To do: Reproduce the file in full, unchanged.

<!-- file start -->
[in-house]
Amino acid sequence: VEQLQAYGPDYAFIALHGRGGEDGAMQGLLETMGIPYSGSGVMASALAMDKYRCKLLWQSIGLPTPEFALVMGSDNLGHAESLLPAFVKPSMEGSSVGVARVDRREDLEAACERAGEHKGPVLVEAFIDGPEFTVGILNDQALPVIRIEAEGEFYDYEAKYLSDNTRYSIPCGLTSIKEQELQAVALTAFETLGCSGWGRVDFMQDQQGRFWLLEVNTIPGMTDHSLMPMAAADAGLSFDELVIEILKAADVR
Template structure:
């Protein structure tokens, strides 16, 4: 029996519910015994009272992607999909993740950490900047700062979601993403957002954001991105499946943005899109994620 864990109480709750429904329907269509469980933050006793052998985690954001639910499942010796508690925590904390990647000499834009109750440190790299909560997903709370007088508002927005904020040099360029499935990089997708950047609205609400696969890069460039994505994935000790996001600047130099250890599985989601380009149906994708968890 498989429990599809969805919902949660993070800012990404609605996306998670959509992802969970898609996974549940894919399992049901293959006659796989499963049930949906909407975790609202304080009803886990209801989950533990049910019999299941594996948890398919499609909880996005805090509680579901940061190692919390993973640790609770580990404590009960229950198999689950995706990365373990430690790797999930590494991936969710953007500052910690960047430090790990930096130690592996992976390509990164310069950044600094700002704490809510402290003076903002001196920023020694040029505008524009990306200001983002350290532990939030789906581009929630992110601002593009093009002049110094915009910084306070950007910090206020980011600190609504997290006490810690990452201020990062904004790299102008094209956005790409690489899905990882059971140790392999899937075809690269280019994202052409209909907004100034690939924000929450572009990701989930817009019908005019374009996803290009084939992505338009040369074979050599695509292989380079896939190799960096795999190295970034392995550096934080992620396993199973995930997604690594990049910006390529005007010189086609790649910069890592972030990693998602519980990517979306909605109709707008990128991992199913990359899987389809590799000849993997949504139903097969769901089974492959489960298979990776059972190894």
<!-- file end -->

[in-house]
Amino acid sequence: VEQLQAYGPDYAFIALHGRGGEDGAMQGLLETMGIPYSGSGVMASALAMDKYRCKLLWQSIGLPTPEFALVMGSDNLGHAESLLPAFVKPSMEGSSVGVARVDRREDLEAACERAGEHKGPVLVEAFIDGPEFTVGILNDQALPVIRIEAEGEFYDYEAKYLSDNTRYSIPCGLTSIKEQELQAVALTAFETLGCSGWGRVDFMQDQQGRFWLLEVNTIPGMTDHSLMPMAAADAGLSFDELVIEILKAADVR
Template structure:
């Protein structure tokens, strides 16, 4: 029996519910015994009272992607999909993740950490900047700062979601993403957002954001991105499946943005899109994620 864990109480709750429904329907269509469980933050006793052998985690954001639910499942010796508690925590904390990647000499834009109750440190790299909560997903709370007088508002927005904020040099360029499935990089997708950047609205609400696969890069460039994505994935000790996001600047130099250890599985989601380009149906994708968890 498989429990599809969805919902949660993070800012990404609605996306998670959509992802969970898609996974549940894919399992049901293959006659796989499963049930949906909407975790609202304080009803886990209801989950533990049910019999299941594996948890398919499609909880996005805090509680579901940061190692919390993973640790609770580990404590009960229950198999689950995706990365373990430690790797999930590494991936969710953007500052910690960047430090790990930096130690592996992976390509990164310069950044600094700002704490809510402290003076903002001196920023020694040029505008524009990306200001983002350290532990939030789906581009929630992110601002593009093009002049110094915009910084306070950007910090206020980011600190609504997290006490810690990452201020990062904004790299102008094209956005790409690489899905990882059971140790392999899937075809690269280019994202052409209909907004100034690939924000929450572009990701989930817009019908005019374009996803290009084939992505338009040369074979050599695509292989380079896939190799960096795999190295970034392995550096934080992620396993199973995930997604690594990049910006390529005007010189086609790649910069890592972030990693998602519980990517979306909605109709707008990128991992199913990359899987389809590799000849993997949504139903097969769901089974492959489960298979990776059972190894």